first recognized as a distinct syndrome in 1907. Affected individuals show variable movement disorders such as ataxia and chorea and generally have a medical history consistent with hypogonadotropic hypogonadism. The disease follows a progressive course and is associated with ongoing cognitive decline and loss of motor skills. Patients become increasingly helpless and in need of care.
The limited understanding of the disease' pathogenesis has so far prevented the development of effective treatments. While hormone replacement therapy may provide some relief of endocrine symptoms, neurodegenerative processes can neither be halted nor delayed. As of today, GHS is universally fatal, leading to death within several years after the onset of movement disorders and cognitive impairment. Additional research is required to better understand the pathophysiological background of GHS-associated neurodegeneration and to be able to intervene in a target-oriented, rather than symptomatic manner.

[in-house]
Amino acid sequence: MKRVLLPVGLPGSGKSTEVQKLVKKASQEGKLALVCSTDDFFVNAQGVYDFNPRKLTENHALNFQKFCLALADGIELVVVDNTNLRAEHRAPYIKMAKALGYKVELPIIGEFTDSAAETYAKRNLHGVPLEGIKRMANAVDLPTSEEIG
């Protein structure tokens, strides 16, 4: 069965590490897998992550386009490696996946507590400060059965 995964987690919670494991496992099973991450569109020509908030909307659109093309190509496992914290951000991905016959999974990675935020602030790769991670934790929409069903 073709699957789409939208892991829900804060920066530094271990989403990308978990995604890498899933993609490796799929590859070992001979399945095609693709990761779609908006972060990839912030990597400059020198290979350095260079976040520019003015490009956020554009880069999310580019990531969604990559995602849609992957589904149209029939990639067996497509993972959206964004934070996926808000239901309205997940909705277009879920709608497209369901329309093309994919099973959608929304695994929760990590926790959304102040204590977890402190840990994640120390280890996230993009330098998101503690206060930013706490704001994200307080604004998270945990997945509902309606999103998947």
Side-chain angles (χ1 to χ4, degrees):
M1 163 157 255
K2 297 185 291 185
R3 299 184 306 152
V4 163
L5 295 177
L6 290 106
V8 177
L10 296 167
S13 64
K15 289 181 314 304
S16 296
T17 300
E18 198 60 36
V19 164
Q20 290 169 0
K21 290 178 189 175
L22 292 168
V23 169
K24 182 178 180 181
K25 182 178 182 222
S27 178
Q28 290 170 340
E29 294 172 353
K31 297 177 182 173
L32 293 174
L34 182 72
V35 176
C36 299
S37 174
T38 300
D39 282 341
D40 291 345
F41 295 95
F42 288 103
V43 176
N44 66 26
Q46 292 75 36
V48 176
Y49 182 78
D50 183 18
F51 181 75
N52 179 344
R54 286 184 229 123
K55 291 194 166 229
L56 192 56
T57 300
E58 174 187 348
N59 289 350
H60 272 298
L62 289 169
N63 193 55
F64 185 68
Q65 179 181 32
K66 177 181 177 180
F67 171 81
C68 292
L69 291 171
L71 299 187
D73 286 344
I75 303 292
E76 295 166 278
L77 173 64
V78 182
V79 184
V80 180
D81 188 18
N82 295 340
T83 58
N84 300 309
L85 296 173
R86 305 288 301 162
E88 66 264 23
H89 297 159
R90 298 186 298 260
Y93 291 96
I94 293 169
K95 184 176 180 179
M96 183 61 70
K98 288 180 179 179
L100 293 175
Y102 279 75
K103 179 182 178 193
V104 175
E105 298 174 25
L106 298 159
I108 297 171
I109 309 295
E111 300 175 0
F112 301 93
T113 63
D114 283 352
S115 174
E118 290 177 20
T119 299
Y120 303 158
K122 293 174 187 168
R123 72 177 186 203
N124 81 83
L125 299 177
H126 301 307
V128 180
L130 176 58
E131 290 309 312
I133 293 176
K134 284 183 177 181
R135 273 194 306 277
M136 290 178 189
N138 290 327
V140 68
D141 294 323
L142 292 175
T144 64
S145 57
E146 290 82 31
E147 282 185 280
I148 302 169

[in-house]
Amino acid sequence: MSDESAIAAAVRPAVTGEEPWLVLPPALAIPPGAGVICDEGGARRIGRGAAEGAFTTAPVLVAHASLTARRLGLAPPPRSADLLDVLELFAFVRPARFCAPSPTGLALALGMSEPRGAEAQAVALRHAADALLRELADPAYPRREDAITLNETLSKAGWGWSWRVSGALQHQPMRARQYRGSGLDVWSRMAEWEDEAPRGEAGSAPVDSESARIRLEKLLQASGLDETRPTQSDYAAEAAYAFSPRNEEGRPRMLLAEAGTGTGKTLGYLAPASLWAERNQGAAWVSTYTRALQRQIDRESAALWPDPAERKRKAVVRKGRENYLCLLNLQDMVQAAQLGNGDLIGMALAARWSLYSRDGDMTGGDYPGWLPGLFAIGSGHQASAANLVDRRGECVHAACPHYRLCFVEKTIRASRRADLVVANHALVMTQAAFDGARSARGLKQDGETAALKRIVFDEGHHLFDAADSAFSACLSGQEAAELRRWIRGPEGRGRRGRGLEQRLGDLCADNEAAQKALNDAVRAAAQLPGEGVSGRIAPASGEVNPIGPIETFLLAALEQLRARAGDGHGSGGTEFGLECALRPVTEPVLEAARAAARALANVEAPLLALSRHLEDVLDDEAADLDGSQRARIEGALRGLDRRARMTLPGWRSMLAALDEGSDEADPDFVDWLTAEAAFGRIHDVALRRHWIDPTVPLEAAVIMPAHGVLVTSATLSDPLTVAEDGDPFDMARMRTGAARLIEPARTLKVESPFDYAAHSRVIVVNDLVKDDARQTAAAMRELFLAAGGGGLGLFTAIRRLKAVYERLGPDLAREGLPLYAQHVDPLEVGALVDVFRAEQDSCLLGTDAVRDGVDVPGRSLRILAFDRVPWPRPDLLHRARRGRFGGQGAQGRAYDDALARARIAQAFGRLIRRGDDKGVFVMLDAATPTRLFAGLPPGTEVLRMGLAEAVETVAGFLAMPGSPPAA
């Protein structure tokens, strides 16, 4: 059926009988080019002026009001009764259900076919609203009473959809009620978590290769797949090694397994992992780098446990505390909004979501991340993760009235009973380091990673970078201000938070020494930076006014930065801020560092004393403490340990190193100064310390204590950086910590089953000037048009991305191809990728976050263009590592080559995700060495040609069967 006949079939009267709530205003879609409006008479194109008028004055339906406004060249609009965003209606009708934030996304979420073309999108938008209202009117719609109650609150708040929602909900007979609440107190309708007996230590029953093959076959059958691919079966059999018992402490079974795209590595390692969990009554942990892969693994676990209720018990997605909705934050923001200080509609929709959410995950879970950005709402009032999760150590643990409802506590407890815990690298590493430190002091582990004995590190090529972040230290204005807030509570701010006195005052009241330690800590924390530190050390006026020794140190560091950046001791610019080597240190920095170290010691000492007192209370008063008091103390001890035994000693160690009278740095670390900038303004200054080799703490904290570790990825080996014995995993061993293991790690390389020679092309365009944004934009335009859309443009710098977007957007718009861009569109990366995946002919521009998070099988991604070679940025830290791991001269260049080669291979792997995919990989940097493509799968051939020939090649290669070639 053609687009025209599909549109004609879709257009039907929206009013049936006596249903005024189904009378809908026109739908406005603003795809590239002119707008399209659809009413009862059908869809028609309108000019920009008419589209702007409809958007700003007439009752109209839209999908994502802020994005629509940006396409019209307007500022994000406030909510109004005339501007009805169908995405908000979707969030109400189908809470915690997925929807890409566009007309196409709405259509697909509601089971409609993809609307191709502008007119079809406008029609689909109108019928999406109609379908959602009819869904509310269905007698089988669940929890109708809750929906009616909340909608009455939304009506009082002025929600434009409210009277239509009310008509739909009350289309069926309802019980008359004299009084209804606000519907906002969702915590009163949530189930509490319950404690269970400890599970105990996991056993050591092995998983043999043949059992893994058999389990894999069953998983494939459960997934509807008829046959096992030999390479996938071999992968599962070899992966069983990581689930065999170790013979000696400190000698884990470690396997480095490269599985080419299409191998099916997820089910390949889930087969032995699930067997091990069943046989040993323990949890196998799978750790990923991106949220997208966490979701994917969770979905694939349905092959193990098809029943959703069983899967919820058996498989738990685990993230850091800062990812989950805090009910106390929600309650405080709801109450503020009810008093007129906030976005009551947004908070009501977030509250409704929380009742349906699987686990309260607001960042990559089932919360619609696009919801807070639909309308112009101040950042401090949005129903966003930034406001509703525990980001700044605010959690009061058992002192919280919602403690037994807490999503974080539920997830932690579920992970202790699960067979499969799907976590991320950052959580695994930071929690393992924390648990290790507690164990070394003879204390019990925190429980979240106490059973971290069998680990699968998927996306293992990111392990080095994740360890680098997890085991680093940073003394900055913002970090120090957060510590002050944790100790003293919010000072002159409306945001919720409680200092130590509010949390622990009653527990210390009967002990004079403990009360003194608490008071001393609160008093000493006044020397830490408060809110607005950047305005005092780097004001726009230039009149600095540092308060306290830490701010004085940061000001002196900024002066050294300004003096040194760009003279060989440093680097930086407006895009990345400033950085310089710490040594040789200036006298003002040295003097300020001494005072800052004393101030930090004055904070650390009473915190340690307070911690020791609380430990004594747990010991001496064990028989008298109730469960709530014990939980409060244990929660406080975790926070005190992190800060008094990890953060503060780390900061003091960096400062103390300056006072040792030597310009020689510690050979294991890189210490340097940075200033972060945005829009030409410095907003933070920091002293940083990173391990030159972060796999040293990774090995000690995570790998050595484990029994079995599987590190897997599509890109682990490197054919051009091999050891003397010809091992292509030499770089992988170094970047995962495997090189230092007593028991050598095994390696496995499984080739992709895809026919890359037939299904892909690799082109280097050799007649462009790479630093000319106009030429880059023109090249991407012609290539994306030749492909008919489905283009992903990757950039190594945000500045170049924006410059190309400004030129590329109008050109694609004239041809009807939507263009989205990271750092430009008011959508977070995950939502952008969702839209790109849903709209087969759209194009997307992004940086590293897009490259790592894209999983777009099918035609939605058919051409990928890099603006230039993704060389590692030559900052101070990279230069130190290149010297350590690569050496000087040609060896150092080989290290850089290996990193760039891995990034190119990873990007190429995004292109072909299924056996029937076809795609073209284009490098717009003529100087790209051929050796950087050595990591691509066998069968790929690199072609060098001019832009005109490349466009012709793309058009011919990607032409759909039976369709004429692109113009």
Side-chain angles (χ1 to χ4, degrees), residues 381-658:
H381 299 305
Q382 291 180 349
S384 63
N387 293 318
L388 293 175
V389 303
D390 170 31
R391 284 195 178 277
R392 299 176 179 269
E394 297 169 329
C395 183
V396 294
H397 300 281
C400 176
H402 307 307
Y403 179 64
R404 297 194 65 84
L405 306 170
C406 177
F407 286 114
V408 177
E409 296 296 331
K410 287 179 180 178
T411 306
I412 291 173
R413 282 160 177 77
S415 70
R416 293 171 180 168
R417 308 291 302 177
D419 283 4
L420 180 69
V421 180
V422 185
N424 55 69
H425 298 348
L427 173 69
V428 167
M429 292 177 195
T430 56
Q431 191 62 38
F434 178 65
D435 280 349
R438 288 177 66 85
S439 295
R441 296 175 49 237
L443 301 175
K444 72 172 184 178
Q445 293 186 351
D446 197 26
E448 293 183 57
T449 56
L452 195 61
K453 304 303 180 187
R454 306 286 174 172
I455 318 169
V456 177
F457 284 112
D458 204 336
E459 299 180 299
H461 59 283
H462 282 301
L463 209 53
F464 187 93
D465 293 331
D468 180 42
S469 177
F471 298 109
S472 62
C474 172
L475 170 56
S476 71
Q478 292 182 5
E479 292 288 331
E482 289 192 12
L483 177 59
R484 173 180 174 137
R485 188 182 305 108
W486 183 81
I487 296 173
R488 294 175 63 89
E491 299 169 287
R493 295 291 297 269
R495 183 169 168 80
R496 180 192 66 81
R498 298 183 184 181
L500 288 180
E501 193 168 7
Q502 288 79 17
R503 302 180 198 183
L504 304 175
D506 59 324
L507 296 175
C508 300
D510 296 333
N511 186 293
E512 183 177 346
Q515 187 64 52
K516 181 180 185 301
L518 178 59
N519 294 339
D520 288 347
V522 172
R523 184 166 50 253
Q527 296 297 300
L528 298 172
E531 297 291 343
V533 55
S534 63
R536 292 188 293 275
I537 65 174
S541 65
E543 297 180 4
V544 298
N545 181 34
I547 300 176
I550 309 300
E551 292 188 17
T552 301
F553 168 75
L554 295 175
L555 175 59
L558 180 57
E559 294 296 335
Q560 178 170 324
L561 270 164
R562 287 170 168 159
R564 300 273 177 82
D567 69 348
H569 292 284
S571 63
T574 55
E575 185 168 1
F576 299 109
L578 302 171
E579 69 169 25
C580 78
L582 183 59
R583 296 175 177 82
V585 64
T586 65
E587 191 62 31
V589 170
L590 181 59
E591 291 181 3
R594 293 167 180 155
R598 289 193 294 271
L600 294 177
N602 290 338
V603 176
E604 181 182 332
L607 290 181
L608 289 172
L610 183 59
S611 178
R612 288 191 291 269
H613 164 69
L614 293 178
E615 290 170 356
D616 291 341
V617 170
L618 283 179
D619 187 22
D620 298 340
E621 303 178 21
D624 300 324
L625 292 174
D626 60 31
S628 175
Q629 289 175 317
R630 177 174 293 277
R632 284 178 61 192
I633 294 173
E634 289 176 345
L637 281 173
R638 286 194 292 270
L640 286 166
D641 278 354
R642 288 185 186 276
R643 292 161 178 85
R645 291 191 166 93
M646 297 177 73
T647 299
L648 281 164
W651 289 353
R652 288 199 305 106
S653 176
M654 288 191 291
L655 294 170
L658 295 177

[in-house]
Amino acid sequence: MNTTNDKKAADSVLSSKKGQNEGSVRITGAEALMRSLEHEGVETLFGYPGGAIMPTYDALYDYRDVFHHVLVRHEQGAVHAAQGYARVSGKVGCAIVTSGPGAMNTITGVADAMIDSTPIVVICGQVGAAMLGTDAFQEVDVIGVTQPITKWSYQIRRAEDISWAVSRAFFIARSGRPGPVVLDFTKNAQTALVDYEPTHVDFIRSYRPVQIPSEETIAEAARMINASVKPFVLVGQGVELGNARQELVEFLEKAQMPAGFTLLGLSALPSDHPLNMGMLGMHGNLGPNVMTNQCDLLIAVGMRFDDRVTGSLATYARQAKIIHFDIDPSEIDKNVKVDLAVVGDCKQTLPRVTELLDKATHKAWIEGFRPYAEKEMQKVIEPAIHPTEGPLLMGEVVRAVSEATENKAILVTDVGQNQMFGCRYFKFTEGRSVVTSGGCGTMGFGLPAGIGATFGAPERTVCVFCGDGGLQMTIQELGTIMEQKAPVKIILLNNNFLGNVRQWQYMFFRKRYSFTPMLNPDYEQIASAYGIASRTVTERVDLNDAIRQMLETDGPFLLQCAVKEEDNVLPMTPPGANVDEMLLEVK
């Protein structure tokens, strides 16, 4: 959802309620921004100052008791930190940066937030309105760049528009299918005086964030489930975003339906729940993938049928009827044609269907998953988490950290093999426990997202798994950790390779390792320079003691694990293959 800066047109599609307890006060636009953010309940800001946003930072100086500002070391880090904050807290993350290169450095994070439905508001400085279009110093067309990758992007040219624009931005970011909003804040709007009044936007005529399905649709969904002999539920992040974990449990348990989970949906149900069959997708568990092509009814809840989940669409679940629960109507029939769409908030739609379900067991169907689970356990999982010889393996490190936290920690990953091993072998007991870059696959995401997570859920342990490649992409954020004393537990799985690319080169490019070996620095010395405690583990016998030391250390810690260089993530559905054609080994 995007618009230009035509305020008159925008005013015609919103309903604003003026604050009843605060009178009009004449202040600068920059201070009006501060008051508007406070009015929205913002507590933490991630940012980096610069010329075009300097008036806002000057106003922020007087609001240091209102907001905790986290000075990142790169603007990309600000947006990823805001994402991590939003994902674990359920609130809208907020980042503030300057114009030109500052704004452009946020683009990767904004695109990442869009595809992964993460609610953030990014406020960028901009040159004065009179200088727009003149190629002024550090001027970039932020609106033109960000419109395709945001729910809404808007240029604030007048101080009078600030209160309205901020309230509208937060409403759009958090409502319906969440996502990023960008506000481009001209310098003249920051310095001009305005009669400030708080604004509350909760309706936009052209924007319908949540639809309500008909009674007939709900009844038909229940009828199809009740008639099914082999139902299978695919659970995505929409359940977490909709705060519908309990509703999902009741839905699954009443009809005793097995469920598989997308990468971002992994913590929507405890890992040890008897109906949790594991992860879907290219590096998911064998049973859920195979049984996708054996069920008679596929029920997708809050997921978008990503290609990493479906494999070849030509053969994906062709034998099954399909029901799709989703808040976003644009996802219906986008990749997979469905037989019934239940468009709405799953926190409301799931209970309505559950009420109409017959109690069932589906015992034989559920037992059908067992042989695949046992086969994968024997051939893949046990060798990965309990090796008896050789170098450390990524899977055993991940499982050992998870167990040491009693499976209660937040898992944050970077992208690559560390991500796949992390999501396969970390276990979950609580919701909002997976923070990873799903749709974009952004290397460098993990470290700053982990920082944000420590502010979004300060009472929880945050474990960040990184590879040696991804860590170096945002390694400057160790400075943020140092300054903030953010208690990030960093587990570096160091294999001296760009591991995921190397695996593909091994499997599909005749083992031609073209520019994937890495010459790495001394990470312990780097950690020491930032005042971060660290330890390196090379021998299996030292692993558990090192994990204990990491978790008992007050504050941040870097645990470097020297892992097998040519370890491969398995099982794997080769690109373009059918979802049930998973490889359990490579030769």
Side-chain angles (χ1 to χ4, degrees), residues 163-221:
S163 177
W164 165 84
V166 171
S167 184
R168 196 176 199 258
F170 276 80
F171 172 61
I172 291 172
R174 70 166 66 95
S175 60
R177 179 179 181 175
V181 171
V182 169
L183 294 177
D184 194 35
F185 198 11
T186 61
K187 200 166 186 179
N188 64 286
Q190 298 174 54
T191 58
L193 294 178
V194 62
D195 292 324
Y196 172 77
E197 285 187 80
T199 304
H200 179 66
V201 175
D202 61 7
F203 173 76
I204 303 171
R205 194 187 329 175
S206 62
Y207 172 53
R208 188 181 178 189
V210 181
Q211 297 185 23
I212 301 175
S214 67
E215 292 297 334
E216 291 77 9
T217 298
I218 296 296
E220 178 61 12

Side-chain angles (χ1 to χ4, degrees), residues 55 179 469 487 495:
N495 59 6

Cerebellar ataxia-hypogonadism syndrome is a rare disease that is also referred to as Gordon-Holmes syndrome (GHS). Even though the causes of GHS remain incompletely understood, it is known to be a hereditary disorder. Children who inherit certain gene defects from both of their parents may develop GHS, which is why parental consanguinity increases the risk of this syndrome.
Hypogonadism refers to endocrine dysfunctions resulting in decreased activity of the testes or ovaries, which is reflected in low levels of gonadotropins FHS and LH, as well as testosterone and estradiol. This condition commonly entails delays in the development of secondary sexual characteristics. These features - which comprise the growth of body hair and beard, the growth of penis, testicles, and female breasts, as well as the onset of menstruation - are expected to appear during puberty, but may be much less pronounced in GHS patients or even be absent.